By Tom Paquin
This is part of an ongoing series on the state and standards of service management software in 2020. Here are the previous articles in the series:
- What is Service Management Software?
- The Key Capabilities of Service Management Software
- The Attributes of Best-in-Class Service Delivery Software
- The Operational Capabilities of Service
We’ve spent the last two articles discussing the general service delivery capabilities, as well as the underpinnings of operations that define excellent service. What’s left is the back office—the glue that holds your field operations together—and how those functions are defined, utilized, and changing.
Frankly, this is not a topic we talk about a lot on Future of Field Service. We remain so fixated on the field operations (some of us have claimed that dispatch activities may cease to exist in a few years) that it’s easy to overlook the importance of centralized operations. But discounting the importance of this area of your service business is not a winnable strategy.
So as we have done previously, let’s make a short list of the key capabilities that make up customer experience systems:
- Omni-channel contact center
- Telephone enhancements
- Chatbots and virtual assistants
- Customer service CRM
- Unified desktop support
- Customer self-service
- Remote assistance
Before we dig into this list in any detail, let’s think of the contact center in the low-fi world before digital systems: You need an appointment, you call an office, a worker schedules an appointment. Or some variant of this. Many businesses still work this way in some part. Were I to call up my oil company, I’d talk to the one receptionist who would dispatch one of their half-dozen trucks.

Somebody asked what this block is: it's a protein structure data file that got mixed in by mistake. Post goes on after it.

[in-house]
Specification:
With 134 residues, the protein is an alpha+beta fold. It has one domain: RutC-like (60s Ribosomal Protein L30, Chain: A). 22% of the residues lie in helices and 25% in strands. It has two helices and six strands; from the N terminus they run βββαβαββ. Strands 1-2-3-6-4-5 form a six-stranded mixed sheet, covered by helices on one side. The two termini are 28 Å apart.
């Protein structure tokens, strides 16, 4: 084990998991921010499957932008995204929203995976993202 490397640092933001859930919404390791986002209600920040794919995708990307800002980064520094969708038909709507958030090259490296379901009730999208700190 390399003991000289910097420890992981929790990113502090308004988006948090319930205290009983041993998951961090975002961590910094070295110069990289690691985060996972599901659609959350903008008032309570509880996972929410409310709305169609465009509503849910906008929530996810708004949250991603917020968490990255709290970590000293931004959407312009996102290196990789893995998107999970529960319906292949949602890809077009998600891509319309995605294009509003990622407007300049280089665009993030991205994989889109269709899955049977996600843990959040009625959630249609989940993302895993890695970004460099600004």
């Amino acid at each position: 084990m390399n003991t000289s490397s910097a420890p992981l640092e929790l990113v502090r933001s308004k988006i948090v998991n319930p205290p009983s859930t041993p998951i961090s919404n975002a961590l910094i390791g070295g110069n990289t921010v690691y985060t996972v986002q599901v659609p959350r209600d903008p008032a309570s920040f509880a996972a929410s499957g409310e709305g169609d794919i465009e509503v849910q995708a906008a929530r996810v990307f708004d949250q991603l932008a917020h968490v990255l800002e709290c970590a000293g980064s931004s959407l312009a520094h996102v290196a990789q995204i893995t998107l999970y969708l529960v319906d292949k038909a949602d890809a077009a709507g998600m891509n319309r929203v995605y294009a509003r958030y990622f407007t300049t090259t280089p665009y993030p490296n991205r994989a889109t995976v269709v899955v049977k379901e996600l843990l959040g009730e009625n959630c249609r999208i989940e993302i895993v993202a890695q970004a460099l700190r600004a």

But that’s not all that they do. I’m on an automatic refill plan, which means I’m in their system. Which means when I call, and my number appears, they have a delivery history for me, and my payment info on file. Which saves me having to read my credit information over the phone, or them having to deliver me an invoice, and helps to mitigate negligent payments. Plus, with their customer service CRM, I can log on and see all my delivery history and usage information.
This is a simple example, but it shows the way that extremely low-impact customer experience utilities can provide utilities and service changes that really move the needle for customers. This was a comparatively light lift—some telephone enhancements (“Ok Mr. X, I see you had work completed on your boiler in December of last year…”), and a solid customer management system, and it goes a long way.
For a small shop like in the above example, there might not be the need to employ chatbots, or remote assistance, but for enterprise organizations, B2B, and servicers of large machinery, these tools can really make the difference.
As has been our refrain throughout this series, not all capabilities are created equally. The biggest issue that I see with customer experience utilities, because shovelware is a dime a dozen, in service is when organizations employ boilerplate solutions that don’t actually understand service operations. When that happens, a huge amount of customization needs to go into the product to get it where it needs to be. And if it’s not specific enough, not only does it not provide any value, it is easy for staff to overlook or ignore.
There are certainly some subtopics worth delving into in the CX space, and I’d expect to see more content coming down the pipeline on that in the weeks and months ahead. Next in this series, though, we’re going to take a step back from the key capabilities of service management and look at the stages of service software implementation, starting with a fresh installation of a brand new utility.